Few executives in the light commercial vehicle industry were upbeat about their sales or financial results in 2020. Despite vans becoming a driving force in the lockdown economy, factory shutdowns and stop-start breaks in business across Europe have still seen many manufacturers struggle. Whether it is because of the sunnier-than-most disposition of the average Italian who sees a glass half full rather than a glass half empty, Iveco is still surprisingly optimistic about the coming year.

“Our outlook for 2021 is positive. We do believe we are looking at a growing industry and, naturally, in terms of order collection our portfolio grew up to the year-end and even more when looking at year-to-date,” explains Luca Sra, chief operating officer of Iveco Truck Business Unit.

“Things started at a proper pace in the first quarter of 2020, but then our professional life changed dramatically, and very fast,” Sra says. With Italy being among the hardest hit countries in the initial wave of the pandemic, Iveco was quick to offer its help across Europe. Demonstrator vehicles including Daily vans with refrigerated units were loaned out to help move medical supplies, while in Spain the Iveco manufacturing plant used its 3D printers to create protective face masks. The Italian company is nothing if not resourceful and quick to adapt itself to the climate.

“The company has been serving this crisis, but Q2 has been horrible in terms of the industry and accounts – a 20–30% drop. This severely impacted the company results, but the recovery has been much quicker than expected. Last year we saw a drop of 8% in registrations, with a decent and positive Q3 in terms of registrations. 

“The key drivers of this recovery were the booming camper sector that materialised from May onwards and also a big push on e-commerce and home delivery, because of the life everyone has been forced to cope with,” Sra summarises.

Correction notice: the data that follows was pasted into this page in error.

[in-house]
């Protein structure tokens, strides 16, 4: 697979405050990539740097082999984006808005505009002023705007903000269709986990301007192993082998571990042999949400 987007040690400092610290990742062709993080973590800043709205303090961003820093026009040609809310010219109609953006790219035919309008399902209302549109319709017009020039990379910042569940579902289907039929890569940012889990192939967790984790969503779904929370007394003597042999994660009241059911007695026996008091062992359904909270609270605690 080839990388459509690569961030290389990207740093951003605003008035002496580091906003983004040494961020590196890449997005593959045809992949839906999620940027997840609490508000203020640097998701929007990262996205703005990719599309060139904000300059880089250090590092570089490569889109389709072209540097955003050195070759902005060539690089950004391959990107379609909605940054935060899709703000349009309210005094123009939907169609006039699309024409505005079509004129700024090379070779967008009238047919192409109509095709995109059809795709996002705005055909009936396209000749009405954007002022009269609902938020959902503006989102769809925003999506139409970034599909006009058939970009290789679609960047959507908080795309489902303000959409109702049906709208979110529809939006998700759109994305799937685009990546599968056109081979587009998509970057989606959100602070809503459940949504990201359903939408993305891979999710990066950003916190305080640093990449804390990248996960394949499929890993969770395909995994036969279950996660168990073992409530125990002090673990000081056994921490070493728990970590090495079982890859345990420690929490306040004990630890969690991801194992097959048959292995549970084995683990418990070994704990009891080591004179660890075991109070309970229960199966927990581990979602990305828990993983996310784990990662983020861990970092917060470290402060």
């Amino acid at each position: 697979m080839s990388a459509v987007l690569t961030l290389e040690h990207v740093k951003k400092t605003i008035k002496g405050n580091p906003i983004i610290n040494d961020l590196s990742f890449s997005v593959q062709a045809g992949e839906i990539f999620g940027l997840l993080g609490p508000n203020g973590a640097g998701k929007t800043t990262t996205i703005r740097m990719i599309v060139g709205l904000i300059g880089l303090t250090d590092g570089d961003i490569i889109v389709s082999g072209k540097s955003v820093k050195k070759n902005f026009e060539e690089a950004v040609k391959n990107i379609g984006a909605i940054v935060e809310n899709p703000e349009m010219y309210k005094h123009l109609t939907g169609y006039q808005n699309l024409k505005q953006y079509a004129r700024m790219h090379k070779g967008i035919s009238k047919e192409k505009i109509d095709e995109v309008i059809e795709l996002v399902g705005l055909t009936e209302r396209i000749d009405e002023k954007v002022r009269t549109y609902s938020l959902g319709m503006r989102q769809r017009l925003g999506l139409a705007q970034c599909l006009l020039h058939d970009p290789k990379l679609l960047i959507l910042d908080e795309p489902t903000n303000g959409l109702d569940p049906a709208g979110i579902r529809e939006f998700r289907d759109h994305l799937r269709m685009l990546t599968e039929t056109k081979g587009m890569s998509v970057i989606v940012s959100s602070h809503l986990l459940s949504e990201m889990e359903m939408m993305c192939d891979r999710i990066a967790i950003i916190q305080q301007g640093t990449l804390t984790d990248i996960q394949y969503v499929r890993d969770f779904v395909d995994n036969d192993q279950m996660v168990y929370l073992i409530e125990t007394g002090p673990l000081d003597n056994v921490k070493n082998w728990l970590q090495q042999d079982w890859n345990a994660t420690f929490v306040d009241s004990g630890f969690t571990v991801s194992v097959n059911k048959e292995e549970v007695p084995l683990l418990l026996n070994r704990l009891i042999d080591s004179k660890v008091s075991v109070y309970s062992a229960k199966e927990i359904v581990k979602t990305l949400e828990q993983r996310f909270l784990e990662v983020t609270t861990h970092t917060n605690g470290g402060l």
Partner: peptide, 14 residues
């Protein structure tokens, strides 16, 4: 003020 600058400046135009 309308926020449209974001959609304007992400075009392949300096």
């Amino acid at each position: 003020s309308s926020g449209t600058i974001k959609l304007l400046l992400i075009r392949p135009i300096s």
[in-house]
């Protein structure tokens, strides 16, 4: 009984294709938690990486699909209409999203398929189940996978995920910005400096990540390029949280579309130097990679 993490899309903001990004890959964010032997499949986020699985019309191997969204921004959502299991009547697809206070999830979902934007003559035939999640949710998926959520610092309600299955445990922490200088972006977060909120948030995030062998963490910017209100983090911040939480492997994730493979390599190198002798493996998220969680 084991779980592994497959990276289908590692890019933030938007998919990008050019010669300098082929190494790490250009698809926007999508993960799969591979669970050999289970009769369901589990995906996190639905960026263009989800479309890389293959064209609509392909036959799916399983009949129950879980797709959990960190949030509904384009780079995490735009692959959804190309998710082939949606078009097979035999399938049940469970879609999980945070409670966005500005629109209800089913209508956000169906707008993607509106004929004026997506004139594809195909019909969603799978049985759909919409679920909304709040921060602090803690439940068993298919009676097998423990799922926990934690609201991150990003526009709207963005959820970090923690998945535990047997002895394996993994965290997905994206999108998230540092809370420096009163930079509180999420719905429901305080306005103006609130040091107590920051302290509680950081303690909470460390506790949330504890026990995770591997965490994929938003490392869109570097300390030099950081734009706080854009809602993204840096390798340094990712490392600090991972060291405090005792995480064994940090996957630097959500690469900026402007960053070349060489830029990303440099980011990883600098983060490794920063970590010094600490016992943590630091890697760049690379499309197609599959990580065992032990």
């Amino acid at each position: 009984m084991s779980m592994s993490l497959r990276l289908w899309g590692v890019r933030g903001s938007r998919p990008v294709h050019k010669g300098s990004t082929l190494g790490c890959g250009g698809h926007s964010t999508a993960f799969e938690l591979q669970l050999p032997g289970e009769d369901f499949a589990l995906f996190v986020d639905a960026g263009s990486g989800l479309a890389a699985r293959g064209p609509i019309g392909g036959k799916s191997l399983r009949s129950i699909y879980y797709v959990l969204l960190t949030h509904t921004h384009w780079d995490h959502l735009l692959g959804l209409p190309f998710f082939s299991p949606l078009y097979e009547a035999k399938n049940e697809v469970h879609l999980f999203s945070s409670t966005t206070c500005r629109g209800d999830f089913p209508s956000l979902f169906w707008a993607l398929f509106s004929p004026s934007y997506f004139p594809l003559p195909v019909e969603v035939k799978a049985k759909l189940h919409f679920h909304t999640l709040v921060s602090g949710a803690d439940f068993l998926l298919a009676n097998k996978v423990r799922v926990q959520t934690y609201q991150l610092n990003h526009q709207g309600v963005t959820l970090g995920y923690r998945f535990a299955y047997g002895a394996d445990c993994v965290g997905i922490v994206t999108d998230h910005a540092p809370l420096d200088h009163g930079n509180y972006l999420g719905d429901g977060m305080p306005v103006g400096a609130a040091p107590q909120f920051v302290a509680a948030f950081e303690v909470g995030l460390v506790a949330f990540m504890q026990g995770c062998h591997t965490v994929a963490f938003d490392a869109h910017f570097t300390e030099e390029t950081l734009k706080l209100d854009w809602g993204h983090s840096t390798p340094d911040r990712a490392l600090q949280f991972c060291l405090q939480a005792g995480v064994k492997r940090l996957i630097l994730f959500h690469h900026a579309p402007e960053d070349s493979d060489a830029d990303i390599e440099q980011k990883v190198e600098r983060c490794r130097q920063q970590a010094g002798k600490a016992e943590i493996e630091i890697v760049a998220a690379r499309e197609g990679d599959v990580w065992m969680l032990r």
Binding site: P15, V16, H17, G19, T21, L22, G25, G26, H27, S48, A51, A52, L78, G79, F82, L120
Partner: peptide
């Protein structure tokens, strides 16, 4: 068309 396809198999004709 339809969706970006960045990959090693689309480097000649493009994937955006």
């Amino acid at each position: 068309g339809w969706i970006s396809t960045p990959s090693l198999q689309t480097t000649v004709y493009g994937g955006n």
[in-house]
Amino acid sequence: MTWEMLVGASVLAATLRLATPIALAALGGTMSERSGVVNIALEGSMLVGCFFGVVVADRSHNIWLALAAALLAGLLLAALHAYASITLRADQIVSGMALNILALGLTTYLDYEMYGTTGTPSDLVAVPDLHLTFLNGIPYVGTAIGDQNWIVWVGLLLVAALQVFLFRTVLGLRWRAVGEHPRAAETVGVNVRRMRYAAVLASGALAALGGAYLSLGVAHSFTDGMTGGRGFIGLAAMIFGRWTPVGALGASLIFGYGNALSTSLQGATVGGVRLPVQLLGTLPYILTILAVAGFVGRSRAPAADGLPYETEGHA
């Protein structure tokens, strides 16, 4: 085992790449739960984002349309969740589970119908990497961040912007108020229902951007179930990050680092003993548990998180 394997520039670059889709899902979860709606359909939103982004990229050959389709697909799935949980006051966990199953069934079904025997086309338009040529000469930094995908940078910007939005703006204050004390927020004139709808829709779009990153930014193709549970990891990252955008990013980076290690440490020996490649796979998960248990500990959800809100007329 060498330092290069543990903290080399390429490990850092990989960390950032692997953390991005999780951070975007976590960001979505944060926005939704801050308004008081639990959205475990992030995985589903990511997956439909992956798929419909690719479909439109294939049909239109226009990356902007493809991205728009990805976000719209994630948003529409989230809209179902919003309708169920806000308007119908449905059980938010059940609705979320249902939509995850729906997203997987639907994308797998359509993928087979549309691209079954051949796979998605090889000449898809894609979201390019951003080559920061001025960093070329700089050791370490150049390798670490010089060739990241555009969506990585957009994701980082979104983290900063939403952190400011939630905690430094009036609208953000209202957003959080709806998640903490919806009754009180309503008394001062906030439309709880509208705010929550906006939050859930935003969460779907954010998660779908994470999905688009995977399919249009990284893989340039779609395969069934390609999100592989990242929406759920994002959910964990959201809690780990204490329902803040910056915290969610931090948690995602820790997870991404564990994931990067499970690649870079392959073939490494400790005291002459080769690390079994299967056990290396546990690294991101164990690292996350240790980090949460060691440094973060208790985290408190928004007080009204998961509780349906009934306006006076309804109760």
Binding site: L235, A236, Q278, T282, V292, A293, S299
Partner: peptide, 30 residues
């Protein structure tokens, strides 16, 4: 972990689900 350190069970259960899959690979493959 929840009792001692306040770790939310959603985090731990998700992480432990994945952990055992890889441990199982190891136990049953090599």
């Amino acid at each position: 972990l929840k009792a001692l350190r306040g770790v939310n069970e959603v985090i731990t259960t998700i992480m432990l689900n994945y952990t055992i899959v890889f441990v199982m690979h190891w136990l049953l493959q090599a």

While the past year has been difficult, Iveco is possibly in a stronger position than other manufactures in regards to electrification, having experimented with it for numerous years. The first electric Daily van might have been built in 1986 but in truth it has struggled to gain a foothold in the market and remains a niche product in a niche segment. Nevertheless, there is no doubt about the potential for growth and Iveco knows that it will have to work on a solution that minimises its costs across its portfolio if it is to compete with the larger-scale production expectations of some of the light commercial vehicle segment’s biggest players.

“The technology that we are developing will go across the different ranges, in between truck and van,” Sra explains, while highlighting the relationship the company will naturally form with group partner Fiat Powertrain and with new collaborator Nikola Trucks (for heavy goods vehicles). “We are fully focused on electrification with battery cells and e-axles,” Sra states, before going on to outline Iveco’s plans for the next generation of electric Daily van.

“The new e-Daily is going to be a modular platform in terms of battery, offering the customer the ability to tune the battery pack and manage the mileage to their specific needs. You can go from 120km up to 300km according to the battery packs. It’s
a very innovative product and it’s coming soon.”

Immediate growth, however, doesn’t appear to lie with electric vehicles. Despite the commitment to a new electric Daily, Sra says the company’s focus will remain on its compressed natural gas/liquified natural gas (CNG/LNG) products. This is one of the company’s core strengths, having first developed a Daily CNG van more than 20 years ago. Alongside its tie-up with Nikola on fuel cells, Iveco clearly has loftier expectations for other alternative power trains in the years ahead.

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“The first [customers] taking this opportunity [with Daily CNG] were the ones in food and beverage, inside city centres,” Sra says, echoing the current desire and demand for low-emission vehicles within European cities. “We learnt a lot, and that’s why we are now extremely competitive on CNG and LNG units. I believe that CNG for the Daily, as well as Eurocargo, is going to be part of our path to cope with legislation in 2025 and it will go together with electrification.”